THE EXCEPTION is unexceptional, other than offering a typically solid late-career performance from Christopher Plummer. Some real-life characters are exhumed to bolster a fictional WW2 drama. Like The Eagle Has Landed, the idea probably worked in book form, as it was originally set down by author Alan Judd for his 2003 novel “The Kaiser’s Last Kiss”. But, apart from the material with Plummer, the 2016 movie version doesn’t convince beyond its supply of uniforms, props, and backdrops.
Holland, 1940. After Germany invades, a Wehrmacht captain (Dai Courtney), veteran of the battle for Poland, is assigned to take charge of guarding Germany’s exiled WW1 ruler, the aged Emperor Wilhelm II (Plummer) and his wife (Janet McTeer), on their estate in the Dutch countryside. One of the maids (Lily James) is actually working for British Intelligence. She’s also Jewish. Faster than you can say “Gib mir eine ficken Pause!”, the officer and the maid commence a torrid romp, while the Gestapo pokes around because they think something’s afoot. Amusing, even affecting, scenes with the sputtering, deluded Kaiser (Wilhelm died in 1941 at 82, Plummer was 86 during the shoot) are offset by the absurdity of the tacked-on romance.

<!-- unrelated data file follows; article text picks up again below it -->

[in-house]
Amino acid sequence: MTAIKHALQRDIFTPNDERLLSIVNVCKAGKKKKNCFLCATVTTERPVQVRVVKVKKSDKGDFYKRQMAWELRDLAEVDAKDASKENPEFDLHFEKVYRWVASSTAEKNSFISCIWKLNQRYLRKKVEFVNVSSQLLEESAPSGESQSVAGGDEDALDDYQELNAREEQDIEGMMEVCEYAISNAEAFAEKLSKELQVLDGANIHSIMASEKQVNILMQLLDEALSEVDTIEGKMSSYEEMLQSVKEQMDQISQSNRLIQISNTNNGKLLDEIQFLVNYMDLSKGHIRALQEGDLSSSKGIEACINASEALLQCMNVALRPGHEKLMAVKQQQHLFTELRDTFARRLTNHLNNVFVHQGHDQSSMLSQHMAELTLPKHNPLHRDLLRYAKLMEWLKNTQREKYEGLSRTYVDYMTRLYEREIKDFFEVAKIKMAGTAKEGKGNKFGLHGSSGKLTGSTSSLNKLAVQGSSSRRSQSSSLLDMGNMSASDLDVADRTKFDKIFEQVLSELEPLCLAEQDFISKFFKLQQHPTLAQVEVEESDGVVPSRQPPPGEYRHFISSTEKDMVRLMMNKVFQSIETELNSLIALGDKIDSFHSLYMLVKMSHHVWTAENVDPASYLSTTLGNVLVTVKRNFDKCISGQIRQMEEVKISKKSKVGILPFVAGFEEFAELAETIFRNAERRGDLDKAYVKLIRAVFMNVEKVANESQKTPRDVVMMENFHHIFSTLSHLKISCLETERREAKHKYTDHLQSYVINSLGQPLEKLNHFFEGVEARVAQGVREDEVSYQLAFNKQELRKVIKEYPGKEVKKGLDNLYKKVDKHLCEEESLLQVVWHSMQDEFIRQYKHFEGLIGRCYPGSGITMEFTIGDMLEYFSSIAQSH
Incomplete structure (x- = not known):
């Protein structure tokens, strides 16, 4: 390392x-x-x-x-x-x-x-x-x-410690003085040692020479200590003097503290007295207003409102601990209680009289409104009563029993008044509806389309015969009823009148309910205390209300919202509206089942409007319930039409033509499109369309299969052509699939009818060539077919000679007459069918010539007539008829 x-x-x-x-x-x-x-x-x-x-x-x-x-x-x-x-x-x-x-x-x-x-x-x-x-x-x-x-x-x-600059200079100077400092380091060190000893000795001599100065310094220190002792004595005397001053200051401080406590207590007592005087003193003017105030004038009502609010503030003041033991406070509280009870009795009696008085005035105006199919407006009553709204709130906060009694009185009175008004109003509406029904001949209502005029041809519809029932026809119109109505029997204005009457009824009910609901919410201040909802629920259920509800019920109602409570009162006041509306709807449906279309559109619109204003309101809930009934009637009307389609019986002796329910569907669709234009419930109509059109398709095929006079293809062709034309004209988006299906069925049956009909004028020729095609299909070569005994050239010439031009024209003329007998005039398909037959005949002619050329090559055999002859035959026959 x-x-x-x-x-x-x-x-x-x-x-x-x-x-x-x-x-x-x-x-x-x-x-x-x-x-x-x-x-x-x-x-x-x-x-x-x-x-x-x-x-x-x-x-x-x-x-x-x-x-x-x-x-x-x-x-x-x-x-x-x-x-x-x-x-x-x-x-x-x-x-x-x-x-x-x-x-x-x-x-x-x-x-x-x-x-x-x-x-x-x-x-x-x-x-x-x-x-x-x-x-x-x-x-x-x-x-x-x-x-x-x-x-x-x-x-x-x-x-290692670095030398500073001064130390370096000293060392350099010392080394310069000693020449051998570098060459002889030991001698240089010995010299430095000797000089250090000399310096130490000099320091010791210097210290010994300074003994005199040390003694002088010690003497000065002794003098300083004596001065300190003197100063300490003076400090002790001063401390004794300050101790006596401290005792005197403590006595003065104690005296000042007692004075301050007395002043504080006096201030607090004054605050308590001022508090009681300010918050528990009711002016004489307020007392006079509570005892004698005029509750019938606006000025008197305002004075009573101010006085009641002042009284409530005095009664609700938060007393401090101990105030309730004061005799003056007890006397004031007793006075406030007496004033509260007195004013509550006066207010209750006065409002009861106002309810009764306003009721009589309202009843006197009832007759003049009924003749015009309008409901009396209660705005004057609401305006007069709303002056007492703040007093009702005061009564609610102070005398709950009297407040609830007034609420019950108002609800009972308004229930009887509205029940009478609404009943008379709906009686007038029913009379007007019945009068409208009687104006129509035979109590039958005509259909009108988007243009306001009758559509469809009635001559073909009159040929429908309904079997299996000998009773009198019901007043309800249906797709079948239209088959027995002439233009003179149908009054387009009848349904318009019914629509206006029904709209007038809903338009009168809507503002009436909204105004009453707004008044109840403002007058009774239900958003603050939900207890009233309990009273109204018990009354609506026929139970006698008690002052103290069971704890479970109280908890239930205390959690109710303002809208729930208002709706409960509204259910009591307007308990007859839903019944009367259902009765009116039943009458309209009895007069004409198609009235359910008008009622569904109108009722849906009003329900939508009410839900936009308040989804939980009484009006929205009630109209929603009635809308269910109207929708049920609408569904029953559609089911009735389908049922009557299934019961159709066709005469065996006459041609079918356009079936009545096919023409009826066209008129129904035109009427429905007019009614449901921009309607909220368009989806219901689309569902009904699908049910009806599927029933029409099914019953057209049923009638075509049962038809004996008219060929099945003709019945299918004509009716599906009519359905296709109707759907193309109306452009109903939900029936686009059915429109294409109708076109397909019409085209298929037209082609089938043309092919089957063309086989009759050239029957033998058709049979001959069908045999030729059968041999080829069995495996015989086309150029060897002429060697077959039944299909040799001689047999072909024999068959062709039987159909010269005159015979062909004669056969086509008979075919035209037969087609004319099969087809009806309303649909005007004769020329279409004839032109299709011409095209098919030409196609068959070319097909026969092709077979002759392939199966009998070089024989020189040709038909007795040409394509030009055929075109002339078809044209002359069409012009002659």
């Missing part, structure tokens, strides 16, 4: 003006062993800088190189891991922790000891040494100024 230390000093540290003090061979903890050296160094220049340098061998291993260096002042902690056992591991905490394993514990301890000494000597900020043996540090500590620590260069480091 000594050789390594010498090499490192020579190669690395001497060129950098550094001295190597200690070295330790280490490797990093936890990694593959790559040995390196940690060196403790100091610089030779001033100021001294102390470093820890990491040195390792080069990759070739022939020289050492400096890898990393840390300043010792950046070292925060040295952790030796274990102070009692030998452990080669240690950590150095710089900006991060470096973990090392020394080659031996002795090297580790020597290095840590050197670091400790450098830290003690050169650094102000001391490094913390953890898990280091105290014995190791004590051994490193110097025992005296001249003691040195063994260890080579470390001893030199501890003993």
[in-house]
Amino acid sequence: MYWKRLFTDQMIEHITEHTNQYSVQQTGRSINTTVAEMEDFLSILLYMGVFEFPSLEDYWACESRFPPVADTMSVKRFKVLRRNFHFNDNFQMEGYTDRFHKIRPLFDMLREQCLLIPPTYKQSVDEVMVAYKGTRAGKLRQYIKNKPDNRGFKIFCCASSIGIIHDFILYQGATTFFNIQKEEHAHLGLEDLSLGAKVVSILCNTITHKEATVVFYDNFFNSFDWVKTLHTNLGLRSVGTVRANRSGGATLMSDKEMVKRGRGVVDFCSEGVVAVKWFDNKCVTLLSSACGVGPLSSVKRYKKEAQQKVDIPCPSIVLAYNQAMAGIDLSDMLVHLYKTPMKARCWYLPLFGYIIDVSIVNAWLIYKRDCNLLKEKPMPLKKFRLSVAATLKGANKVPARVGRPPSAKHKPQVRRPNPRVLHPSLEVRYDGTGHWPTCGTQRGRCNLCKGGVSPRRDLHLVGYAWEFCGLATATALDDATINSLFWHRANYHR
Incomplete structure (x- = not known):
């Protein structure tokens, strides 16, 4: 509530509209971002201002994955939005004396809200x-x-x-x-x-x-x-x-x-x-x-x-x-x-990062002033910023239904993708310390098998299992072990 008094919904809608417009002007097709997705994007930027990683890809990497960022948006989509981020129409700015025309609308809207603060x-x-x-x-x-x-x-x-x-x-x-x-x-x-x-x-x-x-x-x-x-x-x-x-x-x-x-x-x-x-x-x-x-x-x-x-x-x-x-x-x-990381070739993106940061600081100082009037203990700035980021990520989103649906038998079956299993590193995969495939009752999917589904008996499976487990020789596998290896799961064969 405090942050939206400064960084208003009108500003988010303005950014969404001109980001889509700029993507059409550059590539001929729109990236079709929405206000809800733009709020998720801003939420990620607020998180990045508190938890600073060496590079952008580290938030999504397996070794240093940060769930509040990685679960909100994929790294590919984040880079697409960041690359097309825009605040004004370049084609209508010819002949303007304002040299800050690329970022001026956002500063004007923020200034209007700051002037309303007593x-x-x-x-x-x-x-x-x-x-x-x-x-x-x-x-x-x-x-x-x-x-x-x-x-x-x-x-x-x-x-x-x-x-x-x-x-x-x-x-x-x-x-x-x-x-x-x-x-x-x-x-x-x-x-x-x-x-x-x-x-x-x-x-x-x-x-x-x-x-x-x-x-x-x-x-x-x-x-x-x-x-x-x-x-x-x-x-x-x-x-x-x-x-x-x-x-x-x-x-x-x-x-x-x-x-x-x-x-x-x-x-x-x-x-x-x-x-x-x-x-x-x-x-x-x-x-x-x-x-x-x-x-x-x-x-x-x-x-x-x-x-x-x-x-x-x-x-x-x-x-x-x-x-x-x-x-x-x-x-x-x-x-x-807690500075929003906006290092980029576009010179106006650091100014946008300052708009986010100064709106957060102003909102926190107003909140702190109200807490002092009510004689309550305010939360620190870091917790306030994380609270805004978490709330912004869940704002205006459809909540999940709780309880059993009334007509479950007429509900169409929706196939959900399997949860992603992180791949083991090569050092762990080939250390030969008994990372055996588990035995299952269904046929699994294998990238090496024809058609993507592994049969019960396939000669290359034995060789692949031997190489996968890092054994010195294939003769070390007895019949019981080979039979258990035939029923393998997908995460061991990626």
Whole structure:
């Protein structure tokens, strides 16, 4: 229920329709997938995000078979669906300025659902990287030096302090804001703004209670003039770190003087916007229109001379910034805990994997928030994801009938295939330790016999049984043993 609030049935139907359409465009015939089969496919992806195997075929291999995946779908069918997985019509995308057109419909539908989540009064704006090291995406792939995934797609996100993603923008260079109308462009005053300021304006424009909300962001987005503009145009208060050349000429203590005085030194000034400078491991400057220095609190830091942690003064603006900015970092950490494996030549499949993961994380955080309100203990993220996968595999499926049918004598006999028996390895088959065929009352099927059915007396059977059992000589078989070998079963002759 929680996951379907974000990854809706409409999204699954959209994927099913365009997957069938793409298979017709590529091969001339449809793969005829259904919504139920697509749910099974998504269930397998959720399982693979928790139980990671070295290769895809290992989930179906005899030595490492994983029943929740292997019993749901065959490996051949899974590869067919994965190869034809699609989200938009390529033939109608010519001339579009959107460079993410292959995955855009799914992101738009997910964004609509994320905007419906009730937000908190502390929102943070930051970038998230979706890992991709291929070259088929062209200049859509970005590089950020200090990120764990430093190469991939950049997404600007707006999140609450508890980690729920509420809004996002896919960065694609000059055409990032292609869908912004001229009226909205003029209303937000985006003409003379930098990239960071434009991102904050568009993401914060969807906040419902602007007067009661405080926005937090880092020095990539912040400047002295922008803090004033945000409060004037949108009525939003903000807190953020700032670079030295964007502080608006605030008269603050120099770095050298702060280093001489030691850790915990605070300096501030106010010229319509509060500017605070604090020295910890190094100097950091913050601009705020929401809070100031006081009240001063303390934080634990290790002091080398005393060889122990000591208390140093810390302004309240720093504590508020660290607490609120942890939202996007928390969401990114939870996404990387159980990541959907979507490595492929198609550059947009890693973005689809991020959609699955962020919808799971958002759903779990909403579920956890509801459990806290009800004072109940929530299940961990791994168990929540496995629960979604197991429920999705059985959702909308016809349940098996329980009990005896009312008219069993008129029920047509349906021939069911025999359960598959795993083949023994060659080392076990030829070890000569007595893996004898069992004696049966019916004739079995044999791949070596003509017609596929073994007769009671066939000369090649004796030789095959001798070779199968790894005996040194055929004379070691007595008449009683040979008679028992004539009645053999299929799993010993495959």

Directed by David Leveaux, the script was written by Simon Burke. The Kaiser’s dialogue has some neat morsels, which the indefatigable Plummer chews with zest, but the rest is pure tosh. Known as a theater director, mainly of musicals, this was Leveaux’s first feature flight in the pilot seat. Filming took place in Belgium and Holland, with some scenes partially shot at the real manor house of the Kaiser at Huis Doorn, where each June monarchist proponents and assorted German royalists from the ‘Tradition und Leben‘ still show up to pay their respects.
“I’m ashamed to say that before and after my first marriage I, myself, fathered at least two illegitimate children: one with an Austrian countess, another with a French prostitute who was known in court circles as Madame L’Amour. Both of them, incidentally, blackmailed me for huge sums of money, the Countess and the prostitute. I expected better of the prostitute.”
A non-royal gross of $834,572 left it deposed at 212th place in the year’s box-office count. With Eddie Marsan (suitably creepy as Heinrich Himmler), Ben Daniels and Mark Dexter. 107 minutes.